Thirteen years after it was tentatively launched as a sciences promotion initiative for high-potential but neglected children languishing in Andhra and Karnataka’s dysfunctional rural government schools — where PCB subjects are at best taught ritually and minimally — the kinks and flaws of the Agastya science education model have been ironed out. Today, this break-through initiative has blossomed into a robust primary-secondary science education dissemination model ready for replication.

This assertion is confirmed by telecom and tech guru Sam Pitroda, hitherto chairman of the National Knowledge Commission, who in a report Attracting Talented Students to Maths and Science submitted to prime minister Manmohan Singh in May 2008, endorsed Agastya’s sciences education model for implemen-tation countrywide. “A science popularisation programme should be launched to effectively cover children across India. This programme should bring all popular science activities under one umbrella for rapid implemen-tation and replication of successful initiatives. A large chain of science talent cells should be created and each school should be funded to open a science club. The school science clubs can be then networked to the local centres of science. The local science centres should have experimental models to demonstrate basic science concepts. The centres would be equipped with personnel to explain and answer questions of students…  Replication of the Agastya International Foundation’s mobile lab programme, with possible public-private partnership mode for implementation, should be considered for various states,” wrote Pitroda.

Ramji Raghavan believes the Agastya sciences education model is ready for nationwide roll out. According to him, it will cost the Central/state governments Rs.15,000-20,000 crore over ten years — a mere 3 percent of the education budget — to replicate the Kuppam model in all 640 districts of the country (see interview p.84).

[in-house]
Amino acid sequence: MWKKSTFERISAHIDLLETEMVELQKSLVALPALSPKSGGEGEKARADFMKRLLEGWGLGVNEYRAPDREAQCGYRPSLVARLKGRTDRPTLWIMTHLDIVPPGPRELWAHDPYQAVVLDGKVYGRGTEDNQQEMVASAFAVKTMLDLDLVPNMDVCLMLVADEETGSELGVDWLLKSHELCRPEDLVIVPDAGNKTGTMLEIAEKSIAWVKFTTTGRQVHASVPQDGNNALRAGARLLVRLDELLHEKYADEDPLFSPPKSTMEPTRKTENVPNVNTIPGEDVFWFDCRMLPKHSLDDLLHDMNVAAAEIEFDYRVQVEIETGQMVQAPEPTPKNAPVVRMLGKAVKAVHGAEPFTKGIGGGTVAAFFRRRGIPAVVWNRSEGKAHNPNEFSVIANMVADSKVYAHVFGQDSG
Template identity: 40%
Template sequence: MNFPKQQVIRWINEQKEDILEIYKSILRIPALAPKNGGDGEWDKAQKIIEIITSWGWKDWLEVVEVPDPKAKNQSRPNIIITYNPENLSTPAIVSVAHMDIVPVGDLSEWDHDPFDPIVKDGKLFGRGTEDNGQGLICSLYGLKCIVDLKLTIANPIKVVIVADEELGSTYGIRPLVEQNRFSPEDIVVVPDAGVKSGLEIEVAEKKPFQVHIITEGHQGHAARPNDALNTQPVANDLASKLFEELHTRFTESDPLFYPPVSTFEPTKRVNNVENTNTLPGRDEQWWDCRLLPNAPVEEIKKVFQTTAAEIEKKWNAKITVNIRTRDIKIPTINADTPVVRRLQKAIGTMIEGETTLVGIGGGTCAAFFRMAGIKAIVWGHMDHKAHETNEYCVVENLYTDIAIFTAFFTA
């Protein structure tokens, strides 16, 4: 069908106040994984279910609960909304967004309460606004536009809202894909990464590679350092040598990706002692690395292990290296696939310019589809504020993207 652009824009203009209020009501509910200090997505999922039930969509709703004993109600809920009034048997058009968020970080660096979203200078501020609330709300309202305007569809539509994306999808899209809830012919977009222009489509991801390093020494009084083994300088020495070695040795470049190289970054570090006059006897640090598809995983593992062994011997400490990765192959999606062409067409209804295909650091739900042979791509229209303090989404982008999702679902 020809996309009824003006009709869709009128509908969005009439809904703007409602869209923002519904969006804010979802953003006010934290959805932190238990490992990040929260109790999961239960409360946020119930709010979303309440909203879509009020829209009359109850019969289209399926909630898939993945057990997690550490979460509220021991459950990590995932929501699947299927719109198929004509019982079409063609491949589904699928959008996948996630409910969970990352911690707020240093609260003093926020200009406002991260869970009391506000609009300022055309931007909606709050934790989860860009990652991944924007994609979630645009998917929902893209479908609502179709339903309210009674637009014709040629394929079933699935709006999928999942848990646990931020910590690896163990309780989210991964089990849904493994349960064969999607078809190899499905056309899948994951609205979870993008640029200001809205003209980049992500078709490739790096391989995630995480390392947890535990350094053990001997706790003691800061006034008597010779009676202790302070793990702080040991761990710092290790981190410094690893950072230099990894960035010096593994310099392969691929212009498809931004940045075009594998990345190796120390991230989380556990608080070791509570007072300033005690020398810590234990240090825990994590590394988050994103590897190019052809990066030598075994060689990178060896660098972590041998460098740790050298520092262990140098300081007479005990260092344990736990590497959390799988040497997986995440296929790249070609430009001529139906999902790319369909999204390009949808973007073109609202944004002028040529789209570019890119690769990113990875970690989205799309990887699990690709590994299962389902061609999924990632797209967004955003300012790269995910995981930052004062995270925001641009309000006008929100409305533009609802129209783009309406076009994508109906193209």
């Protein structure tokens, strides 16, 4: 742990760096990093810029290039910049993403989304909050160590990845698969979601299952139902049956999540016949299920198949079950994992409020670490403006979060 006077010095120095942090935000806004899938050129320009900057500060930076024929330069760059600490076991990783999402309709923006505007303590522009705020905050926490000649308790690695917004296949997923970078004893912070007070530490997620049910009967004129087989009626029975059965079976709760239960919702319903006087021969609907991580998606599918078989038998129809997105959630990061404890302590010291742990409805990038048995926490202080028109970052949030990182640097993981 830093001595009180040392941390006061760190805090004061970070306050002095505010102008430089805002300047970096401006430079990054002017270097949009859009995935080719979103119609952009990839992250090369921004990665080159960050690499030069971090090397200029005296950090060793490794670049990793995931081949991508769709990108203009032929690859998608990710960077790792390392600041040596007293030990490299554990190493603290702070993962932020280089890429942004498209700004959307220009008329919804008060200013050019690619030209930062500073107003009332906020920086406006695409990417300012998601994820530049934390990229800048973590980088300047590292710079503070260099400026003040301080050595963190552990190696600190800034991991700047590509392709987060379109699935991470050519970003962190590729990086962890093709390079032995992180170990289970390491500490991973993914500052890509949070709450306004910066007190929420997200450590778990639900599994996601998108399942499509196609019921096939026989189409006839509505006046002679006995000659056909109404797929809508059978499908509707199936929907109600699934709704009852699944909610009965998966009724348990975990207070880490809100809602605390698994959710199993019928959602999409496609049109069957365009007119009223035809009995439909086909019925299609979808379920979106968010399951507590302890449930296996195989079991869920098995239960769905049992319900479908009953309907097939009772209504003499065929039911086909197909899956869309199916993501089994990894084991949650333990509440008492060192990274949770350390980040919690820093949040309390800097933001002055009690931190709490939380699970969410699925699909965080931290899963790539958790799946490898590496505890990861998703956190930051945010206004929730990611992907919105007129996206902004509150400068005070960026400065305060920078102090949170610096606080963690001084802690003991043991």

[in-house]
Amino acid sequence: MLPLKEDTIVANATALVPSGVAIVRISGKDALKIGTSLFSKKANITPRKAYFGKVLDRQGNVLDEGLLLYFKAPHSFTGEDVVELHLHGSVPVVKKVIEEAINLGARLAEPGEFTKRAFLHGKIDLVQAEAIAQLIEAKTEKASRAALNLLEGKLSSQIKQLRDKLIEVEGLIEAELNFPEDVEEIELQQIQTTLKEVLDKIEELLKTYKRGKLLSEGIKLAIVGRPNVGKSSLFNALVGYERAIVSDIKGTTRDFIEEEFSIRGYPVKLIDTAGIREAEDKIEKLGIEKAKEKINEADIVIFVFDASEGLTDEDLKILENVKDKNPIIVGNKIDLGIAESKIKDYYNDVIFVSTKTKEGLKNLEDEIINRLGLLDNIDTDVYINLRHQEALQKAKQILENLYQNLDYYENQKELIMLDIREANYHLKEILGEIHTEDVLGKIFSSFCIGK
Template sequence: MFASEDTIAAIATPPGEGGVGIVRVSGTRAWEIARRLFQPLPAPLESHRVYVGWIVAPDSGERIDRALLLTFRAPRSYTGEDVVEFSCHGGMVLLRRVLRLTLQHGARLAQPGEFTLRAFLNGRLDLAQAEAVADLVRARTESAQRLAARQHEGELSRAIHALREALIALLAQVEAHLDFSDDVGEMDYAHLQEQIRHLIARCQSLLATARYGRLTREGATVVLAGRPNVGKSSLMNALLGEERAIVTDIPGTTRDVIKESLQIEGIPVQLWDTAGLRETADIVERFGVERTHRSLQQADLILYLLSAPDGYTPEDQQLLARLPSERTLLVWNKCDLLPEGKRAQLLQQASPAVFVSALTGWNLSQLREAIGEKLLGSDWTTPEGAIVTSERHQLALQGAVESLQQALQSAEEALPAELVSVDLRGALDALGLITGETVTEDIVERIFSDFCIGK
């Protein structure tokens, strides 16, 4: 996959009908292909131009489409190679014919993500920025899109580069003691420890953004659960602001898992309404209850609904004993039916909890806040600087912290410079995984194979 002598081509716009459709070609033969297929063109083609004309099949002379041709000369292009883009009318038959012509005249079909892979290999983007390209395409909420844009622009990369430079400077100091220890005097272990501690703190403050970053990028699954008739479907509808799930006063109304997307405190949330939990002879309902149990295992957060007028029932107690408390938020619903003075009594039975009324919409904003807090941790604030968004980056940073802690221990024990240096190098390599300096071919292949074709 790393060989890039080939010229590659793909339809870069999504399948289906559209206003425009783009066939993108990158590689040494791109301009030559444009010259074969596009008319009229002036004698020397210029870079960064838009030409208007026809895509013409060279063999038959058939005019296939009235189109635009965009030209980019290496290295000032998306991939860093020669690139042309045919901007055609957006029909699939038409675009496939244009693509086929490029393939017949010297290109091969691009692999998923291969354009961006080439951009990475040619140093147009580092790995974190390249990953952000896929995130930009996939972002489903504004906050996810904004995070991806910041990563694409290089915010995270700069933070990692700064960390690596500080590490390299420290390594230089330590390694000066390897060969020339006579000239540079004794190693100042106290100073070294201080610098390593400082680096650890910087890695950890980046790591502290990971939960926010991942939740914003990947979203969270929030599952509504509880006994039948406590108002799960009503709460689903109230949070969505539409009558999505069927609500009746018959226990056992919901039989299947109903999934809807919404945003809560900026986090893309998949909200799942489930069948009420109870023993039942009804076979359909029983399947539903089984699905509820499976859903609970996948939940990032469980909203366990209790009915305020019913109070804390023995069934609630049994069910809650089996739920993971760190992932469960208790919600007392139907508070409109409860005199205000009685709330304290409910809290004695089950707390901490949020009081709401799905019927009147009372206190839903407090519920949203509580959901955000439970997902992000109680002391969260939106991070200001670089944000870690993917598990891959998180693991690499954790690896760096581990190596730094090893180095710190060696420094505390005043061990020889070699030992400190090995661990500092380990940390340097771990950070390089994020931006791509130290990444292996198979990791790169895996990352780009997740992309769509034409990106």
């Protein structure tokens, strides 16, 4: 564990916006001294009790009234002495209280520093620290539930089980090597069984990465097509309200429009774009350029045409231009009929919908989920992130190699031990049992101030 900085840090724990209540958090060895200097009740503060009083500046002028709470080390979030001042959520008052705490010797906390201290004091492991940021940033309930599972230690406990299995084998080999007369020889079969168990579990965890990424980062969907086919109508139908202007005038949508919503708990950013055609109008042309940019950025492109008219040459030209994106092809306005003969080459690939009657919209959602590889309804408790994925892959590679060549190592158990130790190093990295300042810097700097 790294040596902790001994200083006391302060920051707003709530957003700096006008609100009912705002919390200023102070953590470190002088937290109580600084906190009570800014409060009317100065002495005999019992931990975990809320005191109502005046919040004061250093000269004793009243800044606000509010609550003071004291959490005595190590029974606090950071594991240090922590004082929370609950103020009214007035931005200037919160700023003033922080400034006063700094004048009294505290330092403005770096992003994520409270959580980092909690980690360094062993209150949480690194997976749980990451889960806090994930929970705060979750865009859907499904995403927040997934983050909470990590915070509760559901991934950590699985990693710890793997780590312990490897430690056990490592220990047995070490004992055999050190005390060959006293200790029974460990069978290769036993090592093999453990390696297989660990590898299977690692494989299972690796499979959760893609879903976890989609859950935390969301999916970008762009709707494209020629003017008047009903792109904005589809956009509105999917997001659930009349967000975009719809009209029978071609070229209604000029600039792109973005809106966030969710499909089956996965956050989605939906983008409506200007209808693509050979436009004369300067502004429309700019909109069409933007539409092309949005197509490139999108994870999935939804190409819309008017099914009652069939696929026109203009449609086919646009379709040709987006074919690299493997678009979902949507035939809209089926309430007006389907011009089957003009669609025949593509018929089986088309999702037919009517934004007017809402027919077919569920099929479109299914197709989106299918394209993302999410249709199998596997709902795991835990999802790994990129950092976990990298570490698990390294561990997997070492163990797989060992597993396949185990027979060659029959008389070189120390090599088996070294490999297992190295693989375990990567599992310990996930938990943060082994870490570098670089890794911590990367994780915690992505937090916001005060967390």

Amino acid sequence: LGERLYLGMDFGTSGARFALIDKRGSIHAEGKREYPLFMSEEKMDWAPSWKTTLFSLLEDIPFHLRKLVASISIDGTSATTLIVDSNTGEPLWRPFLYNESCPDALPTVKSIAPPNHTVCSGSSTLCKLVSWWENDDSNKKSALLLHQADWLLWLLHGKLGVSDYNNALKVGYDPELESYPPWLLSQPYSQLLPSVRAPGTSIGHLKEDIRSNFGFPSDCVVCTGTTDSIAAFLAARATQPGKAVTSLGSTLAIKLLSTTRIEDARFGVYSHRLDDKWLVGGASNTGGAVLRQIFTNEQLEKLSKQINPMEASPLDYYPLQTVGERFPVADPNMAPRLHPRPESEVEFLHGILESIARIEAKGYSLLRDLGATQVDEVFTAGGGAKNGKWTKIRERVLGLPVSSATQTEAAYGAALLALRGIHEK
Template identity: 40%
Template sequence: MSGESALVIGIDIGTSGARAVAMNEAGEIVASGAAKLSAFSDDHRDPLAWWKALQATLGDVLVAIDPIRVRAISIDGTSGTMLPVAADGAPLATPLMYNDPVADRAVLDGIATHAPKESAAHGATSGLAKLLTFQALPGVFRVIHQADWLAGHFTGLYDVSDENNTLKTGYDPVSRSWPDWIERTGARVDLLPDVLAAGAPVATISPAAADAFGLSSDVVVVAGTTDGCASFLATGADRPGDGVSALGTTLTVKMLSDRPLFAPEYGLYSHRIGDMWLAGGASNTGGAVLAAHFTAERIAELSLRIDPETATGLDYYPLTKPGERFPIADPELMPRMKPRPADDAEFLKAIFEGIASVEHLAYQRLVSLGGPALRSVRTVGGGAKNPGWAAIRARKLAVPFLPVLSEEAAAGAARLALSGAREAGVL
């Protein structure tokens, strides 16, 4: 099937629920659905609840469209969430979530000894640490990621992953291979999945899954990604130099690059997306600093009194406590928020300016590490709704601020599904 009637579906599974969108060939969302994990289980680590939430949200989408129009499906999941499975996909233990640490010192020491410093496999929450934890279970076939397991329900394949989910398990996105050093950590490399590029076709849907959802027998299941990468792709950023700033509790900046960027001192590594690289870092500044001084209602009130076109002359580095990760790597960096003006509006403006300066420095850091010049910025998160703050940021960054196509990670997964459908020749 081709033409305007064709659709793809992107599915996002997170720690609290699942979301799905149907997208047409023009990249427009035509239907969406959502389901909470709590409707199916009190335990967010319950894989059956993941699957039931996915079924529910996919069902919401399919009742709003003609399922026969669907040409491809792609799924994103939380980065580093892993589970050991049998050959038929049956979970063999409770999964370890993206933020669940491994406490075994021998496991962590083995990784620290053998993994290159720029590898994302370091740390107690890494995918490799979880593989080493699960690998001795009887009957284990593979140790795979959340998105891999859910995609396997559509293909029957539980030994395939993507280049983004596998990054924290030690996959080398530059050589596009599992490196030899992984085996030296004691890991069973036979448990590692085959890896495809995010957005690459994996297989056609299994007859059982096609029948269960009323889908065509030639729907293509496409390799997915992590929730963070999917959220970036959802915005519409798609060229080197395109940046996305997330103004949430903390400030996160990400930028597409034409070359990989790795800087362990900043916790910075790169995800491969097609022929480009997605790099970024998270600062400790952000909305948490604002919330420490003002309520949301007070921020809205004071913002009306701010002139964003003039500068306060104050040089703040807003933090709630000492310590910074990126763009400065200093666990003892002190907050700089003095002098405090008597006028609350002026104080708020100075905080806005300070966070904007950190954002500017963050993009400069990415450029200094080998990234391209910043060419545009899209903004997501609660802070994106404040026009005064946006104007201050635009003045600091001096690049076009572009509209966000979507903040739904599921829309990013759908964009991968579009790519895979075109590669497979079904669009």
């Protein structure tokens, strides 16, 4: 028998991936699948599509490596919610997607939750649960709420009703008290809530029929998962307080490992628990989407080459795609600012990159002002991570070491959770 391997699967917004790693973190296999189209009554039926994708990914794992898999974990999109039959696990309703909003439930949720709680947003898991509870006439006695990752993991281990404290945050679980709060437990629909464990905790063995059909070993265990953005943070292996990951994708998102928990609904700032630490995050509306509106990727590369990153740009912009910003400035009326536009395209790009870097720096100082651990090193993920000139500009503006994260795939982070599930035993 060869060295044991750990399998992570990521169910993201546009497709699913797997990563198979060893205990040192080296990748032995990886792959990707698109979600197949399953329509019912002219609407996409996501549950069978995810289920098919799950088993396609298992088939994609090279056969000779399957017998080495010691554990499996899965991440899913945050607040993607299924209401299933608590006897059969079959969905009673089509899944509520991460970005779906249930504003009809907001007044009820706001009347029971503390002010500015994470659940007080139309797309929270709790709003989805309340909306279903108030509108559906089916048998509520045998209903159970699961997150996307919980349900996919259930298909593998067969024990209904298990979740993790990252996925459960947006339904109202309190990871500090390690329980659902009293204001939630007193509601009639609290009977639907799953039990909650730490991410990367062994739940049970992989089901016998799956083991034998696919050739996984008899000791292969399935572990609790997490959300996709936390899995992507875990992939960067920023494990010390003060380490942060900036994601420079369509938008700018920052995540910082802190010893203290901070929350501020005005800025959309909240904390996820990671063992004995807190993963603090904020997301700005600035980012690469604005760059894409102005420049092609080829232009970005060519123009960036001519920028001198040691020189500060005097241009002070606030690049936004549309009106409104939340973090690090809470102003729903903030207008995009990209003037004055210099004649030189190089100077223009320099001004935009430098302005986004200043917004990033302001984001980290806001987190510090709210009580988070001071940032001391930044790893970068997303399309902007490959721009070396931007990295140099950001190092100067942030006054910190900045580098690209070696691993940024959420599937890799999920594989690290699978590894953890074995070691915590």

Meanwhile even as it awaits official support, the Agastya management has worked out a Master 2020 plan under which it will take its unique sciences education model to 50 million children in rural government schools during the next decade when the foundation will double its fleet of mobile science vans to 125, roll out its lab-in-a-box programme, train 1 million teachers and expand the ambit of its operations from ten to 12 states countrywide.

With 5 million government school children in rural Andhra Pradesh and Karnataka learning the mysteries of physics, chemistry, biology and ecology joyously and experientially — living proof of the efficacy of the Kuppam model — quite clearly, India’s overdue grassroots science and technology revolution has begun to gather mom-entum. The several IRIS awards bagged by first-generation learners from schools touched by the Kuppam experiment is a harbinger of things to come.

With Paromita Sengupta (Kuppam & Bangalore)